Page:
Washington company fined for safety breach
An architecture firm has been fined after an investigation found it could have put lives at risk during the construction of a new timber frame care home in Hemlington.
Teesside Magistrates' Court heard that Washington-based Mario Minchella Ltd had not given contractors relevant information about the flammability of the timber frame used in the construction of the new building in October 2012.
A routine inspection by a Health and Safety Executive (HSE) inspector found that the separation distance between the new timber frame building and an adjacent occupied care home was insufficient.
Had the timber frame caught fire there was a "serious risk that the radiant heat would cause the fire to spread to the care home, putting the lives of residents and staff inside at risk".
HSE found that there was nothing in the design specification produced by Mario Minchella Ltd to alert construction workers erecting the timber frame to the additional fire risk it created, and the need to take action accordingly.
The court was told that it "would have been reasonable for Mario Minchella Ltd to have specified in its design that fire-resistant timber be used or that it considered the sequence of construction so that the timber frame of each floor was clad before the next one was constructed, reducing the amount of timber exposed at any one time".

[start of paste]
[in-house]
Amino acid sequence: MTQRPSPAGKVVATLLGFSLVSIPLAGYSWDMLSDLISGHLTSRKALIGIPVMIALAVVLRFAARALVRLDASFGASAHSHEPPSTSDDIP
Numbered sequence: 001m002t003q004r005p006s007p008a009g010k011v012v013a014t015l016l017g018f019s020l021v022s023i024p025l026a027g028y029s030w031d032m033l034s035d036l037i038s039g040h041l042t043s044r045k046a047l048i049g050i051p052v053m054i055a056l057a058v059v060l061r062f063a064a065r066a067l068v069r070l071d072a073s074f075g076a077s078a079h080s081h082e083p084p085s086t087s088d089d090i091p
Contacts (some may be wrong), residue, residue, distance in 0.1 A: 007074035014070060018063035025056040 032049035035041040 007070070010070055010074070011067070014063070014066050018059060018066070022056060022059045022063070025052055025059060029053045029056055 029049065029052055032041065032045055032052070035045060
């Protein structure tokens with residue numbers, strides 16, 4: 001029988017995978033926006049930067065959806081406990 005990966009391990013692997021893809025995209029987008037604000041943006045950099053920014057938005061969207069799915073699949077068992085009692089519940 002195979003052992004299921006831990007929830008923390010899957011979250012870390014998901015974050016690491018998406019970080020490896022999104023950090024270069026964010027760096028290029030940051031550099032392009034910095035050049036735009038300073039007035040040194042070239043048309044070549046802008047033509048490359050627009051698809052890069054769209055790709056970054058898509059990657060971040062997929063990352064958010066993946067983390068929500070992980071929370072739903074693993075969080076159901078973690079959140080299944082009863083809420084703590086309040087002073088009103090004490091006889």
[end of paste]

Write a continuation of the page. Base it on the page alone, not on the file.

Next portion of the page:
The company was fined £1,500 after pleading guilty to two breaches of the Construction (Design and Management) Regulations 2007 and was also ordered to pay £816 costs.
HSE inspector Andrea Robbins said: "There was a real danger here that had there been a fire it could have spread to the adjacent care home, putting the lives of the residents and staff inside at risk.
"Mario Minchella Ltd failed to consider this risk in its design and failed to provide sufficient information to the contractors to enable them to carry out the construction safely."